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COP26: A Coming of Age Moment for Hybrid Events

COP26: A Coming of Age Moment for Hybrid Events

Much has been written about COP26, the 2021 United Nations conference billed as the last chance to get runaway climate change under control.  Rightly, the focus was firmly on the sometimes terse negotiations between the nearly 200 countries in attendance. In its aftermath, most onlookers are still reeling over the outcome document known as the Glasgow Climate Pact. But communications professionals across the world are already dissecting another element of the conference – its role as a coming of age moment for hybrid events.

Like many event organisers over the past twenty months, those tasked with planning COP26 were forced to go back to the drawing board when the event was postponed. It was originally scheduled to take place in November 2020. However, in May 2020, the COP Bureau decided to postpone the event by one year. At that time, they announced that: “In light of the ongoing, worldwide effects of COVID-19, holding an ambitious, inclusive COP26 in November 2020 is no longer possible.” 

After the postponement, Christiana Figueres, a key architect of the Paris Agreement, urged COP26 organisers to embrace a hybrid approach and find the ‘sweet spot’ between physical and virtual to allow for safe and efficient negotiations. And while the Glasgow Climate Pact is arguably weaker than many had hoped for, there is no doubt that the organisers pulled off one of the biggest hybrid events the world has ever seen. They facilitated collaboration on a global scale with over 3,000 meetings taking place, connecting more than 25,000 participants across the globe to in-person attendees stationed in Glasgow.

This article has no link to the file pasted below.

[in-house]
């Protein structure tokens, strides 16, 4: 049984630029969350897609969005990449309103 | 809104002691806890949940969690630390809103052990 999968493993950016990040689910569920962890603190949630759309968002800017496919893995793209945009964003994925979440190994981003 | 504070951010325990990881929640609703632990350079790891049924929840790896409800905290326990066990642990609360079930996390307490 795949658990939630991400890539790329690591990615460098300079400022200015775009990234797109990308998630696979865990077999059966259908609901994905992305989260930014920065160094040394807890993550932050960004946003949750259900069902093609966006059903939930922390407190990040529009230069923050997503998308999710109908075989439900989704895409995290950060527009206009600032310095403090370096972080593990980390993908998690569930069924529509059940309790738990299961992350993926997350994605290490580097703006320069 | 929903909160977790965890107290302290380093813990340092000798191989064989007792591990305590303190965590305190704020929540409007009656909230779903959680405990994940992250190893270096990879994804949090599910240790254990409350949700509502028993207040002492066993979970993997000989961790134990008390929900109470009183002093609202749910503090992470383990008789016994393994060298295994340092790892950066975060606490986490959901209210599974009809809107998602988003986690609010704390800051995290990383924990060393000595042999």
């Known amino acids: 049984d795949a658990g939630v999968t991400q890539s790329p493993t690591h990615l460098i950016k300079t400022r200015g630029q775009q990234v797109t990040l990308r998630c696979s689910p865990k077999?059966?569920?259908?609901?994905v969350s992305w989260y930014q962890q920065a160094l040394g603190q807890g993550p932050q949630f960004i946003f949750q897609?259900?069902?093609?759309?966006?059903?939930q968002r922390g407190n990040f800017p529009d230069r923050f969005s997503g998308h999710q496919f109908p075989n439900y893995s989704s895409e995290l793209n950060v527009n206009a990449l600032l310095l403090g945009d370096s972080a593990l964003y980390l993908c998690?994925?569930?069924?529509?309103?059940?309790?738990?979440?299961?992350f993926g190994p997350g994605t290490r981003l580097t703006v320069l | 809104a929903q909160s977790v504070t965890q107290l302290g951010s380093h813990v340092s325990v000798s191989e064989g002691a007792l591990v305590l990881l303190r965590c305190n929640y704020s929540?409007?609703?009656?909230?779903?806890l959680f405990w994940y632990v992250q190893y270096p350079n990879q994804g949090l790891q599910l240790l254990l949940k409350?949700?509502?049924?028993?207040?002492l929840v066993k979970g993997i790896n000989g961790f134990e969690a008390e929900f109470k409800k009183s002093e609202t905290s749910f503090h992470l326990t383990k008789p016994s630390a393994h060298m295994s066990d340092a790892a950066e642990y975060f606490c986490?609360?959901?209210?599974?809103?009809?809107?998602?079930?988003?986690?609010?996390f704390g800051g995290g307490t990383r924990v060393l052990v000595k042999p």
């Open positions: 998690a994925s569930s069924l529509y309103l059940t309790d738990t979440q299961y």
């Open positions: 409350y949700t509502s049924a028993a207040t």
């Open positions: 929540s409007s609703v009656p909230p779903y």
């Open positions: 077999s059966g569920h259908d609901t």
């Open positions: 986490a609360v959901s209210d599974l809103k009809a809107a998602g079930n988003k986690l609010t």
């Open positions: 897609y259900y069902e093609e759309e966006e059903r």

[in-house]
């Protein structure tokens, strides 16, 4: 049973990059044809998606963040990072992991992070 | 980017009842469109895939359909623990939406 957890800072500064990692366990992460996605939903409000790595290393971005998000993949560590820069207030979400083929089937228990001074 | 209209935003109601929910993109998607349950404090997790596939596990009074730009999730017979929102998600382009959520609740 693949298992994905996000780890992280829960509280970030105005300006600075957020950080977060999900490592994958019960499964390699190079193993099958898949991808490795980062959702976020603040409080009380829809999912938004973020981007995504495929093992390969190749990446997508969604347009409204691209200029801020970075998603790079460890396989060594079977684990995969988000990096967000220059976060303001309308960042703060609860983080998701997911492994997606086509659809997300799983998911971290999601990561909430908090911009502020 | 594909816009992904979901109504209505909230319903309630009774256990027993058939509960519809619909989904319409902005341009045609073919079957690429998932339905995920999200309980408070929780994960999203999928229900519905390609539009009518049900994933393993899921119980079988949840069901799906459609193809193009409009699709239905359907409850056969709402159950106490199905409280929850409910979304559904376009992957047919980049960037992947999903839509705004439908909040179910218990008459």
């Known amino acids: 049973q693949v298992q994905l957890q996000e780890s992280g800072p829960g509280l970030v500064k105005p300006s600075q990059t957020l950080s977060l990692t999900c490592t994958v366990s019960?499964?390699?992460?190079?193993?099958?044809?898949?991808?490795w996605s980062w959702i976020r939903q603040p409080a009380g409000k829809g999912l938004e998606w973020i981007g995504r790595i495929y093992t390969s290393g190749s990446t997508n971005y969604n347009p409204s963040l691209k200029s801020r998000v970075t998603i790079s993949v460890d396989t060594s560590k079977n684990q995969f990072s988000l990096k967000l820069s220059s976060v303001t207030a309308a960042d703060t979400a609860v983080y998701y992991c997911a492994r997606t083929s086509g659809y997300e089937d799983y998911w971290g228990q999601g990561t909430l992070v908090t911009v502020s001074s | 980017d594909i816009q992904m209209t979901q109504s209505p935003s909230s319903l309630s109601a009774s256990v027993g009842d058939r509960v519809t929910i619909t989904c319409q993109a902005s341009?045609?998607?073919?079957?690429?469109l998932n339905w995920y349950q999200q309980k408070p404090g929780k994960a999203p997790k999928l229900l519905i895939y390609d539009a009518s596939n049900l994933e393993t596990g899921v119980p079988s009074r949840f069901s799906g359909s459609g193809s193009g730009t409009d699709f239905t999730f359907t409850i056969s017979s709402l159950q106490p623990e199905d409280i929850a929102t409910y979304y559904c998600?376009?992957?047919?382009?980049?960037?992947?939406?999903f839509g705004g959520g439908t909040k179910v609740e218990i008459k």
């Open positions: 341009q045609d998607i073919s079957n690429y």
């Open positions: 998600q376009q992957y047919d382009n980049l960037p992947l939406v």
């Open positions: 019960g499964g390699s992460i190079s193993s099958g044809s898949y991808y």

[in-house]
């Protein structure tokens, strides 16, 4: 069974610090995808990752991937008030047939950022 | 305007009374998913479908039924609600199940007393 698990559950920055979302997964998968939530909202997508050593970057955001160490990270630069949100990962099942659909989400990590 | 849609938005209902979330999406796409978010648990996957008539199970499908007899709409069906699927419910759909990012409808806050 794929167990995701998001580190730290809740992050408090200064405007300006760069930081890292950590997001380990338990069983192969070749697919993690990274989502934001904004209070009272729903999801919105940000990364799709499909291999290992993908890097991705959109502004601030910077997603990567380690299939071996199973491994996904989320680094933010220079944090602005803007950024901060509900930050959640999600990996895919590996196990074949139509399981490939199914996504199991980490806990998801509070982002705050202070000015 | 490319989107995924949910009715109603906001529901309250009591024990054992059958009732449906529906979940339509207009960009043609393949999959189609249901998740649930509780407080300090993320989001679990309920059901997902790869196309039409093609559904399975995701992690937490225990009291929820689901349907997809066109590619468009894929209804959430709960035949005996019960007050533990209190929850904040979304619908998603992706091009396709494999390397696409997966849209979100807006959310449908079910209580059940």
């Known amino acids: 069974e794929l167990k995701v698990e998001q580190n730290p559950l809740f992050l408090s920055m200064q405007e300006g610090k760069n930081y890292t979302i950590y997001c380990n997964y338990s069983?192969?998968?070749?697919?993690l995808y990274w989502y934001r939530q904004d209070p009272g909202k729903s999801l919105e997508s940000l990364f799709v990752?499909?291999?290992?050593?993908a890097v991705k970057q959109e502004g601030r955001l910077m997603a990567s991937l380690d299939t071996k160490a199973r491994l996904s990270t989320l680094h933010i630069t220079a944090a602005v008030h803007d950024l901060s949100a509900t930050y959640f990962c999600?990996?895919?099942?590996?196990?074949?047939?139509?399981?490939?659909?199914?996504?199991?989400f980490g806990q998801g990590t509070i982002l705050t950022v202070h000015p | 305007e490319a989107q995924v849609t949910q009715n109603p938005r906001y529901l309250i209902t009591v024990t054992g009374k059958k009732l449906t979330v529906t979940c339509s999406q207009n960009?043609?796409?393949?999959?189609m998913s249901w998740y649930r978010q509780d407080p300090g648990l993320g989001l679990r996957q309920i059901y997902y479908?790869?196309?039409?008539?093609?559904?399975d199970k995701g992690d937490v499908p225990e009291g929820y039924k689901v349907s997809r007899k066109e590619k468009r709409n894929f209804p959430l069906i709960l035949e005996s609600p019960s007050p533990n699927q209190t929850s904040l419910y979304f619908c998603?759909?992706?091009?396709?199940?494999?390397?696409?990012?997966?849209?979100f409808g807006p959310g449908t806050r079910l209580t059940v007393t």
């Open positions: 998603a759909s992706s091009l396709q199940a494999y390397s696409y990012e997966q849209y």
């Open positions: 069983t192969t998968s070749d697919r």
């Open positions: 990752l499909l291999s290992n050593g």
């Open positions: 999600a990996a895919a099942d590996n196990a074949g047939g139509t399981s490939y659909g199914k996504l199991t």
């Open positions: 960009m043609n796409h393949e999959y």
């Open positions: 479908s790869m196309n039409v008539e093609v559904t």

Not only did the organisers maintain the spirit of the conference through carefully selected technology that allowed experts, policymakers, and government leaders to stay digitally connected and participate, they highlighted that adopting a hybrid approach can reduce an events’ environmental impact. Event management choices can have a huge impact on the environment. A report published in 2019 just before the pandemic revealed that the UK events industry used an estimated 380m litres of diesel every year, contributing 1.2bn kilograms of CO2e emissions annually, approximately the same as the country of Malta.*  On top of this, attendees generally use air travel to get to conferences. Standard in-person events also create a lot of waste – anyone who has ever been to a large scale conference before has most likely acquired countless badges, drawstring bags, pamphlets, branded pens, USB drives and travel mugs that end up in the bin. In keeping with the mission of COP26, a hybrid approach ensured the event was as sustainable as possible and didn’t smack of hypocrisy. In fact, it complemented the messaging behind the global climate summit.